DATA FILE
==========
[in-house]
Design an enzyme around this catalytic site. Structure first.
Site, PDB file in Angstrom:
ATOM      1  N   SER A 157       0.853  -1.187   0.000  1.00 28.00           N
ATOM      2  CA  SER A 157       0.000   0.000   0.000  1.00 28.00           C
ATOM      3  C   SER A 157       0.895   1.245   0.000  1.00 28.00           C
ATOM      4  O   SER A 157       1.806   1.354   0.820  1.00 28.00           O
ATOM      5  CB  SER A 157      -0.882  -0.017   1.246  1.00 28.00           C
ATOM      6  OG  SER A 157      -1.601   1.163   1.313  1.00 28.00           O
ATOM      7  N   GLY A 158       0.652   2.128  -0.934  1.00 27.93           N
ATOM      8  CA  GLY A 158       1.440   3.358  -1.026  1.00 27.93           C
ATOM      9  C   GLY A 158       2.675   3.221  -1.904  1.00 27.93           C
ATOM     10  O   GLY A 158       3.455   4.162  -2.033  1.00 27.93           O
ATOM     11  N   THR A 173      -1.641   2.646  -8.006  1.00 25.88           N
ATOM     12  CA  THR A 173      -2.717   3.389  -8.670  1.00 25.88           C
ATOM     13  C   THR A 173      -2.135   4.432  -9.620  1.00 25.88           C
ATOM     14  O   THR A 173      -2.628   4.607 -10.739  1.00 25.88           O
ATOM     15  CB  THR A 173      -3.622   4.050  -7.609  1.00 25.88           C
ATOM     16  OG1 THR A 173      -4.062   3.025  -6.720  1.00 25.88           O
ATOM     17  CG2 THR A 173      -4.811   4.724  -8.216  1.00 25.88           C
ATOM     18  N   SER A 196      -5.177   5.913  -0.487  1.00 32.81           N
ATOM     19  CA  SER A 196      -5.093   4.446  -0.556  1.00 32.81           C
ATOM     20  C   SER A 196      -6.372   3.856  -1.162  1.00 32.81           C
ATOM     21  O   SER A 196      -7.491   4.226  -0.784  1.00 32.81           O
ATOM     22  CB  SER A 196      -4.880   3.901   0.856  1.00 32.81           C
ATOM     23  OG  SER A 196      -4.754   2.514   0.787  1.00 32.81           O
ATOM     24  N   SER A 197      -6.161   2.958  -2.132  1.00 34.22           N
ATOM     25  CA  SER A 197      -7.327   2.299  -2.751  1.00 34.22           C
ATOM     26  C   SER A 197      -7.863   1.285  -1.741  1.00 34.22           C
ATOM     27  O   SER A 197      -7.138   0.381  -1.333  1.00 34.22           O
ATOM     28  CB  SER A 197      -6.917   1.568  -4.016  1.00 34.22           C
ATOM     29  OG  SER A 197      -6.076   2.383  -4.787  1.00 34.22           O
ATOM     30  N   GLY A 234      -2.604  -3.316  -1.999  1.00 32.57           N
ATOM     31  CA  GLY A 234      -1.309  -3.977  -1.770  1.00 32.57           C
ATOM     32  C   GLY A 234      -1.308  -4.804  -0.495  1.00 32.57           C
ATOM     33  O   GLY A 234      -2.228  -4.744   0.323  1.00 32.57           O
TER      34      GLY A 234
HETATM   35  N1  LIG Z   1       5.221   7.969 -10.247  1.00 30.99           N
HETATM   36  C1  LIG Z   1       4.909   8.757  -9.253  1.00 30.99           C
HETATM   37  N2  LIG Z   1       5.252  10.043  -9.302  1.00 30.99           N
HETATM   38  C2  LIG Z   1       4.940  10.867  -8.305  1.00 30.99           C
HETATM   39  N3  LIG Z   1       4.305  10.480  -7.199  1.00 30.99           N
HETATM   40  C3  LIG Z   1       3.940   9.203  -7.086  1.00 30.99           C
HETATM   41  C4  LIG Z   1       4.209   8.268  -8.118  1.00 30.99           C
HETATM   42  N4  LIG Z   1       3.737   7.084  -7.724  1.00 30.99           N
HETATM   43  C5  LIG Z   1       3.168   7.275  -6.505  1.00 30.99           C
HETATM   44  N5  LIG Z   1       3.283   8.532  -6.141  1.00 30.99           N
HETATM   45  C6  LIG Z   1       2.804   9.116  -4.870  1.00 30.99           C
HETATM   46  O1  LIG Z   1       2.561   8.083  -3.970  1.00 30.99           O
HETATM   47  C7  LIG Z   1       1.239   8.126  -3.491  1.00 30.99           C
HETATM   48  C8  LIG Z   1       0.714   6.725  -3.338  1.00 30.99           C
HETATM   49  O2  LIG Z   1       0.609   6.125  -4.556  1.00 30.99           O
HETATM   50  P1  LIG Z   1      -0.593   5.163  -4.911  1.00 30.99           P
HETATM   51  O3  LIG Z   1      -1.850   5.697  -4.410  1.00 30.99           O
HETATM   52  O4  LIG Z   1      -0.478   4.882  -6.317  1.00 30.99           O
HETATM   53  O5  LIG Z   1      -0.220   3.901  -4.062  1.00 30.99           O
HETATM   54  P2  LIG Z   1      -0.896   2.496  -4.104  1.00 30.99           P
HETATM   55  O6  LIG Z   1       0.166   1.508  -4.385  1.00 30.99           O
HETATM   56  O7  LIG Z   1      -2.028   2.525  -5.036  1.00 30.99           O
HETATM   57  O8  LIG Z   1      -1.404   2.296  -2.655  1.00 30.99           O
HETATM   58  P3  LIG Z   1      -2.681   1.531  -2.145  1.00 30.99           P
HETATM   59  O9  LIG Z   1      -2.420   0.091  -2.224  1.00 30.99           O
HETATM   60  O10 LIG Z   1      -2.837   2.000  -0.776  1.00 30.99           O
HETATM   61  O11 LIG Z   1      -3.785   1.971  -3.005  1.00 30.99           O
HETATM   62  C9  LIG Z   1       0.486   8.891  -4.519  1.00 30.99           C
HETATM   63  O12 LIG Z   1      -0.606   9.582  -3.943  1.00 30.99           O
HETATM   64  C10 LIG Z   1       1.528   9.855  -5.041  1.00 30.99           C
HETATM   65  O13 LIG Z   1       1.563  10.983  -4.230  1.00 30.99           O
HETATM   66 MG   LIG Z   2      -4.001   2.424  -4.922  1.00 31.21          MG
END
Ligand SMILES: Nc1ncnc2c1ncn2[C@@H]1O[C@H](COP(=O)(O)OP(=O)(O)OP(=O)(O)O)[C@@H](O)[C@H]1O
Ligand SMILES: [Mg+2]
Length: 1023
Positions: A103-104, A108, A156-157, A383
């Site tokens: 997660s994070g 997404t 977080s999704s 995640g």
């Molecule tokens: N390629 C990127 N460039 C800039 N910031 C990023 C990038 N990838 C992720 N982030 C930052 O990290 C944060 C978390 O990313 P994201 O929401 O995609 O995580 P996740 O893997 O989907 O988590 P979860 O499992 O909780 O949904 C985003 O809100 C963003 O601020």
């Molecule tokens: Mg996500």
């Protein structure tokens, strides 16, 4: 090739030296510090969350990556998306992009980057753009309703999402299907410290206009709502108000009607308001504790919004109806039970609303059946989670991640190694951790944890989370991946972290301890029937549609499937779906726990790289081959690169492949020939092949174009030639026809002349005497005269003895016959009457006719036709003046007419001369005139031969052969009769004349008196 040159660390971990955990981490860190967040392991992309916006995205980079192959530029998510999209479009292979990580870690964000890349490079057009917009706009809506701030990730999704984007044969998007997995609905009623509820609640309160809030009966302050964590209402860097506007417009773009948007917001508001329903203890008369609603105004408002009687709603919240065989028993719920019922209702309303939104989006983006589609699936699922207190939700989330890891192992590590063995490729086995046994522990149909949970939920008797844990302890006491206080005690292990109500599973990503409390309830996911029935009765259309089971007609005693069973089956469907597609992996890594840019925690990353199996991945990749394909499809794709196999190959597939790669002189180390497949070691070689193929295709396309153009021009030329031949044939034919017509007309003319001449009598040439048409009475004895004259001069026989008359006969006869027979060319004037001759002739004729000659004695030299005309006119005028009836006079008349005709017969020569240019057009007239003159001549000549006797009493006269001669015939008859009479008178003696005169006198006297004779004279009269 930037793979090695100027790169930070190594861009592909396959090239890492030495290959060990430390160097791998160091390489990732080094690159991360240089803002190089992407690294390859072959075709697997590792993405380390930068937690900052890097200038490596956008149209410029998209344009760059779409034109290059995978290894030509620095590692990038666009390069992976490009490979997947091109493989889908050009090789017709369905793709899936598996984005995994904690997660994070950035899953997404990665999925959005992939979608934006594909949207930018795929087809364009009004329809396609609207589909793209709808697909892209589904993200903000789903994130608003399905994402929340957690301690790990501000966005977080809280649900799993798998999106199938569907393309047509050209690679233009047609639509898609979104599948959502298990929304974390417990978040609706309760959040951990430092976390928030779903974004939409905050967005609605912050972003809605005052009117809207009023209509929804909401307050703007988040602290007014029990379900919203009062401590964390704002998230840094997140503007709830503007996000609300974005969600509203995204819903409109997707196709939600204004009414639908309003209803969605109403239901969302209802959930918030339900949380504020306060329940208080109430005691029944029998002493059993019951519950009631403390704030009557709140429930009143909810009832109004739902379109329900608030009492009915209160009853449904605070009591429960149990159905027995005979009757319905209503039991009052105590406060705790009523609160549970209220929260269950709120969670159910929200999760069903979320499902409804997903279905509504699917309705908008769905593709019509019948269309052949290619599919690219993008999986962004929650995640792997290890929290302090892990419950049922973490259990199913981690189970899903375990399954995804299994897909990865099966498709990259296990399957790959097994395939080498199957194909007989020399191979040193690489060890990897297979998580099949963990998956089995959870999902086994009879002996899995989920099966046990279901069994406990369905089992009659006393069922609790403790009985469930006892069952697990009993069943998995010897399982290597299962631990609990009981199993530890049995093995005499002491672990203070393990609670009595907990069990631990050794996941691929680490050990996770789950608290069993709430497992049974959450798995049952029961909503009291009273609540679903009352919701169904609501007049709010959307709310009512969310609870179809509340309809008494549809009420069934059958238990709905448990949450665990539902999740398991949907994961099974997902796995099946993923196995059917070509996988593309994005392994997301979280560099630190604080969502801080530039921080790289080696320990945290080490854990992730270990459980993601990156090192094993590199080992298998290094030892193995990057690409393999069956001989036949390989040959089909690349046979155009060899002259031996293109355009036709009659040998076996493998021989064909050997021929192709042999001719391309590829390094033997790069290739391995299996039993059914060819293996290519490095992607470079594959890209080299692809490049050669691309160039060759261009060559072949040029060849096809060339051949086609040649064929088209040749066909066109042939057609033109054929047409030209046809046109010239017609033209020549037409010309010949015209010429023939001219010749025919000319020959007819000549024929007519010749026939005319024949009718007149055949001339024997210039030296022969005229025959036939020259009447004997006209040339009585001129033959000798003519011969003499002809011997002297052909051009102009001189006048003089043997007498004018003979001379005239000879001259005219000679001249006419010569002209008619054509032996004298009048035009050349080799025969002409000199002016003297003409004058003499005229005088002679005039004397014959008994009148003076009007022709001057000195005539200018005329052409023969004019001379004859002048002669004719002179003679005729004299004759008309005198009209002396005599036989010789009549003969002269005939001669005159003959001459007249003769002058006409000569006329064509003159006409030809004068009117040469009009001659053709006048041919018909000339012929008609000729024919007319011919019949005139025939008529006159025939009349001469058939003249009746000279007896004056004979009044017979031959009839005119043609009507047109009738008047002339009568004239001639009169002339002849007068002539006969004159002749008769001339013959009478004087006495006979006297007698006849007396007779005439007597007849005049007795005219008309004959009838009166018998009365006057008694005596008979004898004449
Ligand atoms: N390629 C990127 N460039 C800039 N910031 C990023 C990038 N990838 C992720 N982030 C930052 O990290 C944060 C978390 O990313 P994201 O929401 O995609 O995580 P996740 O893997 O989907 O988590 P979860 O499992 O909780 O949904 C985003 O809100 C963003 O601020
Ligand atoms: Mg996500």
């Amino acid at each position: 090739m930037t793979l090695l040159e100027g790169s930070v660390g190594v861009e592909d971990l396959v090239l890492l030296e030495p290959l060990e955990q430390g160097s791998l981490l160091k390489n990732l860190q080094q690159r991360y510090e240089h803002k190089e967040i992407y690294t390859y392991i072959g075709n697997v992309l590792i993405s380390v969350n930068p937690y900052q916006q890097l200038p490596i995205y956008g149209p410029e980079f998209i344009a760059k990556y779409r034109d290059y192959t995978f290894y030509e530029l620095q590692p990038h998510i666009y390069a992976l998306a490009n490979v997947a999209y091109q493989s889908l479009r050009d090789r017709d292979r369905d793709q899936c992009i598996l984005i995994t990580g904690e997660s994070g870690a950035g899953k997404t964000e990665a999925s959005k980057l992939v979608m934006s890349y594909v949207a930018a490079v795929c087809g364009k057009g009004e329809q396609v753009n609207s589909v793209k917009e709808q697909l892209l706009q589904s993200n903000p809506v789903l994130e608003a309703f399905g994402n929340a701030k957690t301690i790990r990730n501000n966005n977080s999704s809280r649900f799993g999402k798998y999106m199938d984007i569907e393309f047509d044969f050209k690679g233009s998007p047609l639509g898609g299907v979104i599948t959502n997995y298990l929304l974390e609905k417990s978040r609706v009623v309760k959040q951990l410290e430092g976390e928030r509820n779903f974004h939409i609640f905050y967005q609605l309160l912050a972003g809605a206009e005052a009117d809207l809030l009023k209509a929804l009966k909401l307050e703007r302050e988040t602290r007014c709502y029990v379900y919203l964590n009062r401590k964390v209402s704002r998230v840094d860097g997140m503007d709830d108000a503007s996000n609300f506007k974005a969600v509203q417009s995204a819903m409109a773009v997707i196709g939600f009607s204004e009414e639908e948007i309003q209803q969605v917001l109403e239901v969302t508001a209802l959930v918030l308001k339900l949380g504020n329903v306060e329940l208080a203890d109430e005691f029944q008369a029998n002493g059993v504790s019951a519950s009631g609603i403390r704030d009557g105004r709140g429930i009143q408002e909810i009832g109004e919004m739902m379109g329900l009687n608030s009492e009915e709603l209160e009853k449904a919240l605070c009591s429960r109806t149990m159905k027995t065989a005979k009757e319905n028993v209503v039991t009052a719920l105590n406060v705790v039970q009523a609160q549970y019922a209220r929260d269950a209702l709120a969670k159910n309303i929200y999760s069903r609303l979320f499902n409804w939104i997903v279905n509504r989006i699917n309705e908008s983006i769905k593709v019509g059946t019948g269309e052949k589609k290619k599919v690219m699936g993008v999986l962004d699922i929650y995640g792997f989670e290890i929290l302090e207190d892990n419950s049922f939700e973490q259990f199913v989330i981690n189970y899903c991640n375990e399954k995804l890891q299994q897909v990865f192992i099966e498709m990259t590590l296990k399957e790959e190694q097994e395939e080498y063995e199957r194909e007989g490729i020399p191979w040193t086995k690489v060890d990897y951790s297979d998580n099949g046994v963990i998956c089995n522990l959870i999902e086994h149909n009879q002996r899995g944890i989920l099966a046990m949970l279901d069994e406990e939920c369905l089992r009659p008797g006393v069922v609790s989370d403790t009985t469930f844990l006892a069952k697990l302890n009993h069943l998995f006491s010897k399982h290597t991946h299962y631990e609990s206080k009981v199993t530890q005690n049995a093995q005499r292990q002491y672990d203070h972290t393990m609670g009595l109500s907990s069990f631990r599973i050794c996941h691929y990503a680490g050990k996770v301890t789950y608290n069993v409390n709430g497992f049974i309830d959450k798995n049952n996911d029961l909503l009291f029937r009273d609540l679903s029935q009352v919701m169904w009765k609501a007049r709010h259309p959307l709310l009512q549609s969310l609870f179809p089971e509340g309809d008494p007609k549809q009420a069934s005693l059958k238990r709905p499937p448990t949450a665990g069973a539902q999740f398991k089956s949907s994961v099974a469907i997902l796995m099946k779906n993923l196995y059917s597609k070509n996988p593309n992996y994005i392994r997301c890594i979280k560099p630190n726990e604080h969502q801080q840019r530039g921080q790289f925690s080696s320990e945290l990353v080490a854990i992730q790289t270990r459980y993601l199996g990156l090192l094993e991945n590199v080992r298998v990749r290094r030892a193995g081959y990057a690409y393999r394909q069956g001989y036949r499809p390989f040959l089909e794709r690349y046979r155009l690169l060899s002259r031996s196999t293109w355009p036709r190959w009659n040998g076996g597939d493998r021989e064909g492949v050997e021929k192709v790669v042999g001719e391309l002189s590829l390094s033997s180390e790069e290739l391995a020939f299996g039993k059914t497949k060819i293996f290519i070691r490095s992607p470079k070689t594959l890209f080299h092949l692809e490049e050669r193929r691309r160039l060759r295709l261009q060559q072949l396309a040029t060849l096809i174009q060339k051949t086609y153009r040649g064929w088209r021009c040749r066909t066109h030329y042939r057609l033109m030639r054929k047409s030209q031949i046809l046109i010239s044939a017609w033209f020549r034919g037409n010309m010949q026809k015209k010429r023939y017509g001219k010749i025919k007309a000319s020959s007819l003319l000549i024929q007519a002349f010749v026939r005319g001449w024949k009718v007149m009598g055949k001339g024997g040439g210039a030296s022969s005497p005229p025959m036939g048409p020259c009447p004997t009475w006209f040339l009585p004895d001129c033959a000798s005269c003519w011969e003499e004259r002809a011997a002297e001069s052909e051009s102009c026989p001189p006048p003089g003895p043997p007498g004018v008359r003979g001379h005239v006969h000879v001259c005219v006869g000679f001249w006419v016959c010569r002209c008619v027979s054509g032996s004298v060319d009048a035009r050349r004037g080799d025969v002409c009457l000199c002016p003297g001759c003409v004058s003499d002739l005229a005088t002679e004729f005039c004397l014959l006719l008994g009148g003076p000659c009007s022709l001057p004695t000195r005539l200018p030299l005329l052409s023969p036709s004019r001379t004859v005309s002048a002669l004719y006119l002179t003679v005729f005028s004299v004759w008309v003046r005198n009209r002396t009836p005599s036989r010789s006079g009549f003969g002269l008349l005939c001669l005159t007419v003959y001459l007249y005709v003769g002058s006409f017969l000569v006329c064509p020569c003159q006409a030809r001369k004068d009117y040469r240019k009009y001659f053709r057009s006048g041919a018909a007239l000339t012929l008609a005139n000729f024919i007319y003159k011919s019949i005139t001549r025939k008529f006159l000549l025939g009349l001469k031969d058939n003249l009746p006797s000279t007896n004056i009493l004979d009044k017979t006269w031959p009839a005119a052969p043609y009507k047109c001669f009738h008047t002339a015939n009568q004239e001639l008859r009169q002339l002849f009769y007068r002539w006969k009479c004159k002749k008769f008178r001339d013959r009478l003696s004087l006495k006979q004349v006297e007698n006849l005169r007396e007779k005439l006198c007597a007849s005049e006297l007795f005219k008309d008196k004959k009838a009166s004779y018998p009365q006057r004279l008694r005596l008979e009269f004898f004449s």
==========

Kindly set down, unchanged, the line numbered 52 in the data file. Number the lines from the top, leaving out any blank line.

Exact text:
HETATM   49  O2  LIG Z   1       0.609   6.125  -4.556  1.00 30.99           O